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There has been something of a debate among the American Left as to the true nature of the anti-healthcare reform movement. One position is that while there have always been crazies on the Right, the current era represents something new, in which the crazies have taken over the party, backed by unprecedented amounts of money, not to mention the corporate support provided by FOX News. Krugman, wistful for the Nixon era, when “leading figures in both parties were capable of speaking rationally about policy” puts it this way:

the right-wing fringe, which has always been around — as an article by the historian Rick Perlstein puts it, “crazy is a pre-existing condition” — has now, in effect, taken over one of our two major parties. Moderate Republicans, the sort of people with whom one might have been able to negotiate a health care deal, have either been driven out of the party or intimidated into silence.

A key part of this argument is that White racism against Obama is behind the crazy. From another Paul Krugman column:

That is, the driving force behind the town hall mobs is probably the same cultural and racial anxiety that’s behind the “birther” movement, which denies Mr. Obama’s citizenship. Senator Dick Durbin has suggested that the birthers and the health care protesters are one and the same; we don’t know how many of the protesters are birthers, but it wouldn’t be surprising if it’s a substantial fraction.

And cynical political operators are exploiting that anxiety to further the economic interests of their backers.

Does this sound familiar? It should: it’s a strategy that has played a central role in American politics ever since Richard Nixon realized that he could advance Republican fortunes by appealing to the racial fears of working-class whites.

The other side of the debate emphasizes the similarities rather than the differences. For instance, Rick Perlstein, in the piece Krugman refers to, asks “crazier then, or crazier now?” Answering, that “the similarities across decades are uncanny.”

Before the “black helicopters” of the 1990s, there were right-wingers claiming access to secret documents from the 1920s proving that the entire concept of a “civil rights movement” had been hatched in the Soviet Union; when the landmark 1964 Civil Rights Act was introduced, one frequently read in the South that it would “enslave” whites. And back before there were Bolsheviks to blame, paranoids didn’t lack for subversives — anti-Catholic conspiracy theorists even had their own powerful political party in the 1840s and ’50s.

Perlstein here must be referring to the classic 1964 article by Richard Hofstadter, “The Paranoid Style in American Politics,” in which Hofstadter argued that the crazy of McCarthy, Goldwater supporters, and the John Birch Society wasn’t anything new.

In May 1798, a minister of the Massachusetts Congregational establishment in Boston, Jedidiah Morse, delivered a timely sermon to the young country, which was then sharply divided between Jeffersonians and Federalists, Francophiles and Anglomen. Having read Robison, Morse was convinced of a Jacobinical plot touched off by Illuminism, and that the country should be rallied to defend itself. His warnings were heeded throughout New England wherever Federalists brooded about the rising tide of religious infidelity or Jeffersonian democracy. Timothy Dwight, the president of Yale, followed Morse’s sermon with a Fourth-of-July discourse on The Duty of Americans in the Present Crisis, in which he held forth against the Antichrist in his own glowing rhetoric. Soon the pulpits of New England were ringing with denunciations of the Illuminati, as though the country were swarming with them.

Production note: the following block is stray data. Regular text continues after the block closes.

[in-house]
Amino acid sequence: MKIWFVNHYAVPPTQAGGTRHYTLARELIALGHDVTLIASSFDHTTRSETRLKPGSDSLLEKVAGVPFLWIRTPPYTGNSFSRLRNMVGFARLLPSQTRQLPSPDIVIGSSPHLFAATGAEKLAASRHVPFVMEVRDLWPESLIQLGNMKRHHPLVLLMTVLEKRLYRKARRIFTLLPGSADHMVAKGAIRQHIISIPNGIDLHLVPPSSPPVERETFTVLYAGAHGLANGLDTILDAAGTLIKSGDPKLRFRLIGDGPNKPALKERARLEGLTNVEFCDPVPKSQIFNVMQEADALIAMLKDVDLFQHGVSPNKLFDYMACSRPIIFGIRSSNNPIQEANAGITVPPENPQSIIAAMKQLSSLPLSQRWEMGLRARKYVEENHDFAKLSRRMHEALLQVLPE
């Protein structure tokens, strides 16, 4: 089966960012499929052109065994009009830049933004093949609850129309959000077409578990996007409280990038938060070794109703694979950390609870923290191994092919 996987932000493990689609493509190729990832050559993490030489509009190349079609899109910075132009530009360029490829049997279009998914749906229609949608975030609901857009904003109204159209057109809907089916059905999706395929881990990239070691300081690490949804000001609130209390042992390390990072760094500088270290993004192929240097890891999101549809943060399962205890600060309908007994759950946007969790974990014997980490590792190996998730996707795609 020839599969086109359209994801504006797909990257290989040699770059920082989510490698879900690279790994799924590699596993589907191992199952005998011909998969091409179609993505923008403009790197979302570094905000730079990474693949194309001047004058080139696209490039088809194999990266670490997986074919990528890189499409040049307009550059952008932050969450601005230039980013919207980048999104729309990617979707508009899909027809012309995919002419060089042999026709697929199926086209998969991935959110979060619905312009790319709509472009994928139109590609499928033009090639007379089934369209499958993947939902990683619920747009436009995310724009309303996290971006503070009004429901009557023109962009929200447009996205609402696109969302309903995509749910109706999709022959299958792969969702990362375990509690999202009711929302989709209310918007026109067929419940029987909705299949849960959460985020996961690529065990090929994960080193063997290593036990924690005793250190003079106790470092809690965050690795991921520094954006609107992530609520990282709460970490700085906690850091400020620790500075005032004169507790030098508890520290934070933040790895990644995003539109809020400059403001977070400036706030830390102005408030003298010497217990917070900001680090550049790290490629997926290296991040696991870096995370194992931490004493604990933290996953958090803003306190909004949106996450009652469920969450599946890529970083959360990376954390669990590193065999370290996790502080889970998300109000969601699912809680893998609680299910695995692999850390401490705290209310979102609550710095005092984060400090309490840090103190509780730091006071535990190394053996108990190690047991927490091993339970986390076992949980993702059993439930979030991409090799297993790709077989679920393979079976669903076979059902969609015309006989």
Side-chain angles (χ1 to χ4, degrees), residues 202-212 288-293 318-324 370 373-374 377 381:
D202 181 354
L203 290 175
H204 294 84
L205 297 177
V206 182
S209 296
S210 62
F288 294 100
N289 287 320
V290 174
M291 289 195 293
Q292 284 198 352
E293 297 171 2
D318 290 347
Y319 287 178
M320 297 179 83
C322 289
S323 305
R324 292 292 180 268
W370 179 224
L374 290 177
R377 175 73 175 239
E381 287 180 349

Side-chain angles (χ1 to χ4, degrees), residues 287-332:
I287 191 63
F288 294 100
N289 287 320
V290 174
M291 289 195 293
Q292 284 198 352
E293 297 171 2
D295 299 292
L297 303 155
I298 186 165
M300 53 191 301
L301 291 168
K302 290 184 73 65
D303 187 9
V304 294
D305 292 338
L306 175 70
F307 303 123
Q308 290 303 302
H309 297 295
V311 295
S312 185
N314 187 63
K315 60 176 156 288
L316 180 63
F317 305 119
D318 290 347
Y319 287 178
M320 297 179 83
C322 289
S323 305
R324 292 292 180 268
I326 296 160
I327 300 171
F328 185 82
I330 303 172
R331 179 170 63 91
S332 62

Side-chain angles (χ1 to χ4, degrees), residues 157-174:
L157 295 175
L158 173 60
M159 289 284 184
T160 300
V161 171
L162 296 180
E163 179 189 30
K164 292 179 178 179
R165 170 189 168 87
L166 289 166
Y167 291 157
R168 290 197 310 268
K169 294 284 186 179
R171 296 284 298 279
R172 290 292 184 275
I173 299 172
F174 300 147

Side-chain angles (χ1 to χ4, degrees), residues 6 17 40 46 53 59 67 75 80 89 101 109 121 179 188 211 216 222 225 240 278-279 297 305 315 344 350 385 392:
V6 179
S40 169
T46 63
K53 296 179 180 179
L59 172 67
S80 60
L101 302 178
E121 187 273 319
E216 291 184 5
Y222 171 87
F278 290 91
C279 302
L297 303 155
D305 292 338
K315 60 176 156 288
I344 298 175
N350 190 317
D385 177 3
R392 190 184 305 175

More recently, Glenn Greenwald compares the current crazy to that of the Clinton era, and finds that not much has changed:

Clinton was relentlessly accused by leading right-wing voices of being a murderer, a serial rapist, and a drug trafficker.

At one level, this debate seems to simply be a glass half-empty, glass half-full type of argument, with more than enough evidence for either side to choose from. Both sides agree that the Right has long used similar strategies, and both sides agree that the contemporary media environment has made it harder to ignore the crazies. But at another level there is an important difference in focus. By emphasizing the uniqueness of the contemporary situation critics simultaneously over-emphasize both the craziness of the protesters and the power of the corporate media. By focusing on the similarities of the current situation to what we have seen in the past, commentators like Hofstadter, Perlstein, and Greenwald allow us to focus on crazy as a political strategy and to begin to think about the best ways to combat it. Writing on this topic, Gary Younge says “we can beat them“,

These people gain the kind of purchase that shifts them from an irritant to an obstacle only when there is a vacuum of leadership and the absence of good alternatives. It is only under these conditions that they are able to cast unreasonable doubt in the reasonable minds of those who seek clarification, encouragement or a stake in any substantive change. This is precisely what has happened with the healthcare debate over the past few months.

Obama’s Health Care speech was a good start, but much more remains to be done.